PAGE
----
joanne matthews | creative director at fad

Fashion isn’t the easiest industry to break into but that’s exactly why FAD (Fashion Awareness Direct) exists. The charity helps young people get into fashion by improving access to and diversity in the industry as well as offering hands-on training though projects like Fashion Futures, which is currently on a drive for fresh talent. Meet Creative Director Joanne Matthews…

Where do you live in London and what do you like about the area?

I live in Stoke Newington…it has a creative and alternative feel, and links to historical dissenters like Mary Wollstonecraft and Daniel Defoe. There are great green spaces including Clissold Park and lovely terraced streets. It’s great to be within walking distance of both vibey Dalston and the tranquillity of Woodberry Wetlands. It has lots of independent stores, great Turkish shops like Antepilier baklava shop and London’s best greengrocer, Newington Green Fruit & Veg.

Why was FAD founded and what is the charity’s mission? 

FAD was founded 20 years ago in 1998. We help young people make it in fashion. We work with the industry to campaign for fair access, improved diversity and better representation.

What/who has been one of your biggest success stories to date?

We’re celebrating our 20th birthday by publishing 20 stories of FAD graduates who are doing great things in the fashion industry. Our most famous alumna is Grace Wales Bonner, who’s an incredibly talented designer with such an intelligent, poetic approach, and is putting across important and nuanced viewpoints on identity. But I’m equally proud of some of our graduates who, although they’re not in the headlines, are doing great things in the industry. Daisy Boateng, for example, who’s a Marketing Director at L’Oreal; Philip Luu who’s a talented pattern cutter, FAD trustee and possibly the hardest working, most determined person I’ve ever met or Tihara Smith, who just produced an incredible graduate collection inspired by her identity as a Black British Londoner and the traditional crafts of the Caribbean – she also writes a blog, Tizz Tazz which offers really practical advice and guidance to other young people who want to study fashion. The amazing young people I’ve had the privilege to work with are my inspiration and my motivation.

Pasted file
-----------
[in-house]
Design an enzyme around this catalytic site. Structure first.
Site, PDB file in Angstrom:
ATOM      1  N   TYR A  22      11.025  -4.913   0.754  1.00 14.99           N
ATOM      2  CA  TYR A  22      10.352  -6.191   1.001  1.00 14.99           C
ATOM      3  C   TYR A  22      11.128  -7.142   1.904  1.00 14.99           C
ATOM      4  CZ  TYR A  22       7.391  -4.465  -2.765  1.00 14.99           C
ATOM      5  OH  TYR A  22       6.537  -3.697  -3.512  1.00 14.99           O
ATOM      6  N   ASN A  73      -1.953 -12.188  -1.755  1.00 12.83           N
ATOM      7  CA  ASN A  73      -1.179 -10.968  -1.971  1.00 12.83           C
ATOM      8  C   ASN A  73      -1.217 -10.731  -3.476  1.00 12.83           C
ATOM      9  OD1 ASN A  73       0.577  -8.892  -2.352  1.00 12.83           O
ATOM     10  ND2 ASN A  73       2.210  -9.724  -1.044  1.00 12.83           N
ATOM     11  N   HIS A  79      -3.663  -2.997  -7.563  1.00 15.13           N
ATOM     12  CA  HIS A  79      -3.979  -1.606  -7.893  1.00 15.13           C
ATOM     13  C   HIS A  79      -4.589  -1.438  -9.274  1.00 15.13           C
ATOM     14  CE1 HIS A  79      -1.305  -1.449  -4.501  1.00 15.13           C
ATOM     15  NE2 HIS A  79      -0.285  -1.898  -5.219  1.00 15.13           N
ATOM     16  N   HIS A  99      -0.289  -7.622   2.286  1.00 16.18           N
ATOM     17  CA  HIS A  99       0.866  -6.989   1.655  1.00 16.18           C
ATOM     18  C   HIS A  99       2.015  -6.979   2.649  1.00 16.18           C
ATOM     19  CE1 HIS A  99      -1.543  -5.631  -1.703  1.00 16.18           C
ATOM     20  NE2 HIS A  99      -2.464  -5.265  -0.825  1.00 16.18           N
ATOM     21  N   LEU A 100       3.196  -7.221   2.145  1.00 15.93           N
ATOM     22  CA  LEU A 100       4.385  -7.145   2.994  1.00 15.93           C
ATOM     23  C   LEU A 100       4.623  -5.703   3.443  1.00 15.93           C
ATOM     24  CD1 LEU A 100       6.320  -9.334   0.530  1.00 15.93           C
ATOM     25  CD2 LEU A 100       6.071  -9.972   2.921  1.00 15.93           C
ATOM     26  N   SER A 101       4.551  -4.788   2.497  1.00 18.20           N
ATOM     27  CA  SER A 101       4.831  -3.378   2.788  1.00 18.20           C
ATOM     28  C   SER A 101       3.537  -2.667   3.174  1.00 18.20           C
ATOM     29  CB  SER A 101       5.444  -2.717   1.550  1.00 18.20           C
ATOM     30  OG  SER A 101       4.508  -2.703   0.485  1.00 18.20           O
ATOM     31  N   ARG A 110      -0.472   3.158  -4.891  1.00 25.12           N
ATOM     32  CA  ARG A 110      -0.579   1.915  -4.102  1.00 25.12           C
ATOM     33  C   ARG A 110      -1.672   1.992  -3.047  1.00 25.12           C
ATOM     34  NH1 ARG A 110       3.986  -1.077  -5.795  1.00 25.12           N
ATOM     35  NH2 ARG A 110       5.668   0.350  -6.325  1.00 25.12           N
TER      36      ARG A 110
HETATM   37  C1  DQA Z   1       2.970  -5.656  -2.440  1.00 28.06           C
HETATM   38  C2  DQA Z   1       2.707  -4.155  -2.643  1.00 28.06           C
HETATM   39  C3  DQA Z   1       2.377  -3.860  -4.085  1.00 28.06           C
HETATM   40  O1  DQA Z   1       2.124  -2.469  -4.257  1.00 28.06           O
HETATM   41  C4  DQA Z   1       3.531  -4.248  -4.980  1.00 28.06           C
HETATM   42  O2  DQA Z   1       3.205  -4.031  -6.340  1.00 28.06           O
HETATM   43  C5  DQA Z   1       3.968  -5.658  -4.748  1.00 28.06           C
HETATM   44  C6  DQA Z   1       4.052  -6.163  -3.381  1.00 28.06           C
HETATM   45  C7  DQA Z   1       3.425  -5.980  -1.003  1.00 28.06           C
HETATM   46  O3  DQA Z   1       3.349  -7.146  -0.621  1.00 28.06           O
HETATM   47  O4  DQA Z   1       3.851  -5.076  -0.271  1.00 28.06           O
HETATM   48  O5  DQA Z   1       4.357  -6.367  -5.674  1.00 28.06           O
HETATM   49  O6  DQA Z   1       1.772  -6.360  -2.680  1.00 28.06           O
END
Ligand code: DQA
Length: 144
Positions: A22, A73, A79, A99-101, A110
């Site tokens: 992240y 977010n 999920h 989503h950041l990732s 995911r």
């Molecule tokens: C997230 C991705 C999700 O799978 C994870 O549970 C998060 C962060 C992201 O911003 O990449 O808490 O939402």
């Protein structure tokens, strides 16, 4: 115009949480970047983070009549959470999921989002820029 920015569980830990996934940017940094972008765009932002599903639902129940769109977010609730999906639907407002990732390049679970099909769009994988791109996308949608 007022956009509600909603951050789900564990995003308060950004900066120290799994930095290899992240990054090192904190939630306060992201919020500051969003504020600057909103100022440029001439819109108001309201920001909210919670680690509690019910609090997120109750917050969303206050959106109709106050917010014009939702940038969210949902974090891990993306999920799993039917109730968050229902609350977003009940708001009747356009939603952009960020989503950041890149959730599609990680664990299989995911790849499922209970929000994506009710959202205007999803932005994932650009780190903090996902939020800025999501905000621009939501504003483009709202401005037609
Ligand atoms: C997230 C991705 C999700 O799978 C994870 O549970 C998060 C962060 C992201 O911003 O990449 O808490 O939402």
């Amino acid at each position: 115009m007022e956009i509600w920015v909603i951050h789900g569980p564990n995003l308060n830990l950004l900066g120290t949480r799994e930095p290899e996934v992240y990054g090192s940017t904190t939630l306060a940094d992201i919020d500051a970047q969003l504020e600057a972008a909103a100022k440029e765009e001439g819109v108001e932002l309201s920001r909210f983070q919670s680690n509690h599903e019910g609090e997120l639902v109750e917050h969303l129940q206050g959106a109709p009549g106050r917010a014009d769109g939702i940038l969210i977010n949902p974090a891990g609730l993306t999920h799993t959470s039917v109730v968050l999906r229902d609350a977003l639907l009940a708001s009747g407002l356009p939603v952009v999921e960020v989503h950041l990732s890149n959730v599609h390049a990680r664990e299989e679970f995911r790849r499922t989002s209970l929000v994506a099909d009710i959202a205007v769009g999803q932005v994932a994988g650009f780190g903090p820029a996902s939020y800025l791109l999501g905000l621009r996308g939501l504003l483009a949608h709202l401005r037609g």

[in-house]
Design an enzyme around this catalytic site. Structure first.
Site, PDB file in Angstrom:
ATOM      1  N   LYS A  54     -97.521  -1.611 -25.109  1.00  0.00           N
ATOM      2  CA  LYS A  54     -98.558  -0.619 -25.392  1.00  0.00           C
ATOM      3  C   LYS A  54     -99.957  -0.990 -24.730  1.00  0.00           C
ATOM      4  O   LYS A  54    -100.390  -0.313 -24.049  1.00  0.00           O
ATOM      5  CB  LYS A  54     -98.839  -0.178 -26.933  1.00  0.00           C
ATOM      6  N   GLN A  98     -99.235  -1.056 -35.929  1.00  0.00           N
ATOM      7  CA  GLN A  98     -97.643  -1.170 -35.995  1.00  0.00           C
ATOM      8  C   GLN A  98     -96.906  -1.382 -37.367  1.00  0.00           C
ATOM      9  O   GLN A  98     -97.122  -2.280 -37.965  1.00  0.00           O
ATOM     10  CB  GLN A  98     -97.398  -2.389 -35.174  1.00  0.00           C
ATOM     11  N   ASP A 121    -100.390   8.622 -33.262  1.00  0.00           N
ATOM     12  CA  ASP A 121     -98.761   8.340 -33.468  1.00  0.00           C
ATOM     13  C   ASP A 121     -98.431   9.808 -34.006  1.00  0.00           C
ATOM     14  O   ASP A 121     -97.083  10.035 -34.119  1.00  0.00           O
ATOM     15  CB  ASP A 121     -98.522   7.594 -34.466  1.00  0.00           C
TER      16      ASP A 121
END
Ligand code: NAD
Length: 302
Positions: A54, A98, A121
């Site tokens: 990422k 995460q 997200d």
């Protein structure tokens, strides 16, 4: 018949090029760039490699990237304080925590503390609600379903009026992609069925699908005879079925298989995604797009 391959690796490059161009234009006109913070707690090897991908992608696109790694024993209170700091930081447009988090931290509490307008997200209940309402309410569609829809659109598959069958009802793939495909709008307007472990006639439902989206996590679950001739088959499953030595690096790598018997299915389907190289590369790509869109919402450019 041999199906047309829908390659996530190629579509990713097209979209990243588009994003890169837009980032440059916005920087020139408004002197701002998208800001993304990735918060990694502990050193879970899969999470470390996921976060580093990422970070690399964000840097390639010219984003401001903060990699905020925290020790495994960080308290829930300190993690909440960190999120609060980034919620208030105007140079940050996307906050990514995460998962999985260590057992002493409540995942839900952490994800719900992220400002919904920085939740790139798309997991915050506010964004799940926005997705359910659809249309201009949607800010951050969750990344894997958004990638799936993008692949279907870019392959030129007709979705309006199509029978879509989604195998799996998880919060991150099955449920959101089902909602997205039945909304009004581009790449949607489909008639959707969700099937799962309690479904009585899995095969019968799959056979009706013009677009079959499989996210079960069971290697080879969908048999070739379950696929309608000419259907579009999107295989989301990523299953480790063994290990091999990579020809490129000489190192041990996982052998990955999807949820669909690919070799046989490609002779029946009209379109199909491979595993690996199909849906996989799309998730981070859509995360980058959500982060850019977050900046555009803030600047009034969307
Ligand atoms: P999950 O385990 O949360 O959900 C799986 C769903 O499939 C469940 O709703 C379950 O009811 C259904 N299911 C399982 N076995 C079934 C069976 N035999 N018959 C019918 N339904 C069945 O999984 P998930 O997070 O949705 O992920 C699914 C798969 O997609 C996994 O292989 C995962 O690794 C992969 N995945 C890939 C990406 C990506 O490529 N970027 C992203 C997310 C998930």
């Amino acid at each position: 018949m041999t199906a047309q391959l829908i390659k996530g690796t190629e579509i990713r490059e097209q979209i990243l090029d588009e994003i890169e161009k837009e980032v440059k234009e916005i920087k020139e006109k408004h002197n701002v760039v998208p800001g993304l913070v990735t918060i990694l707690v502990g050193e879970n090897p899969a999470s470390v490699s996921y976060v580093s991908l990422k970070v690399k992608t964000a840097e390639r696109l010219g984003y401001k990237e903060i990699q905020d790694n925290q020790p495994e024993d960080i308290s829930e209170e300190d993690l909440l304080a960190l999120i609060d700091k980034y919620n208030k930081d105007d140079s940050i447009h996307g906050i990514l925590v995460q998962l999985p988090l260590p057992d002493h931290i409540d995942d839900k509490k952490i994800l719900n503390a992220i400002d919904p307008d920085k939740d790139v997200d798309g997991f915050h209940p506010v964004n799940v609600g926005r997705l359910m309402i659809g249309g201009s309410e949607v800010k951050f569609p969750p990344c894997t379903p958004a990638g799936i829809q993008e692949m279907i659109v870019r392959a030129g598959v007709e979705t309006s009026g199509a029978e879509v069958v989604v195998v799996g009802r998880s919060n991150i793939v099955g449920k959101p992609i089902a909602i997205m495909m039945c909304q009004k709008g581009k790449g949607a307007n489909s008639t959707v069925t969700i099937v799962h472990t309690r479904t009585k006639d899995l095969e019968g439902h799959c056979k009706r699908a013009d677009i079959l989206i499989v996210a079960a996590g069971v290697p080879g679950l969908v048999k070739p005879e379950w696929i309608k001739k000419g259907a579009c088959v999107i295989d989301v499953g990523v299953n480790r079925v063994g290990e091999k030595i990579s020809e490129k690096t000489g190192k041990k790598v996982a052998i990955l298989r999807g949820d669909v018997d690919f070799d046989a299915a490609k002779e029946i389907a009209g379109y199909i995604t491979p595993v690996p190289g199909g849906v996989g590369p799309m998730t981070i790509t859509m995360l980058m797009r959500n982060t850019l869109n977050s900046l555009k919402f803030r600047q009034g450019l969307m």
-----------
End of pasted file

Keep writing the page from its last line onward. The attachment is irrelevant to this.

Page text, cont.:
Talk us through your Fashion Futures project and partnership with Fashion Scout. 

Fashion Futures is our flagship project, which has been running since 2005. It’s a programme of hands-on, practical workshops which brings young Londoners together with professionals from across the fashion industry, who pass on the knowledge, skills and experience needed to get a foot on the creative career ladder. This year, 70 young creatives have participated in the programme, developing key skills from research and design to technical drawing, pattern cutting and garment construction. Their work has been inspired by the influence of global cultures on the development of British design. We’ve been working with Fashion Scout since 2008 – they host the fashion show which is the culmination of Fashion Futures and which closes their LFW programme. We’re proud that our young people are the very youngest designers present on the London Fashion Week schedule.

Describe your perfect day in London. 

I’m a mum, and on my perfect London day I’ll be accompanied by my daughter Elsie Joan, who’s nearly 3. We’d take a walk down to Dalston and swing by Ridley Road for some picnic food and to absorb the energy of the market. Then we’d hop on the Overground at Dalston Junction and take the train down to Forest Hill for the Horniman Museum – we’ll play the fantastic giant outdoor instruments and have picnic in the gardens overlooking the beautiful view of London. After lunch – a visit to the butterfly house, aquarium and alpacas, before we head back home to Hackney. Dinner is in our favourite Turkish restaurant, Devran on Stoke Newington Road, and a stop off in the green space of Butterfield Green before a gelato (has to be watermelon) from Romeo & Giulieta on Albion Road.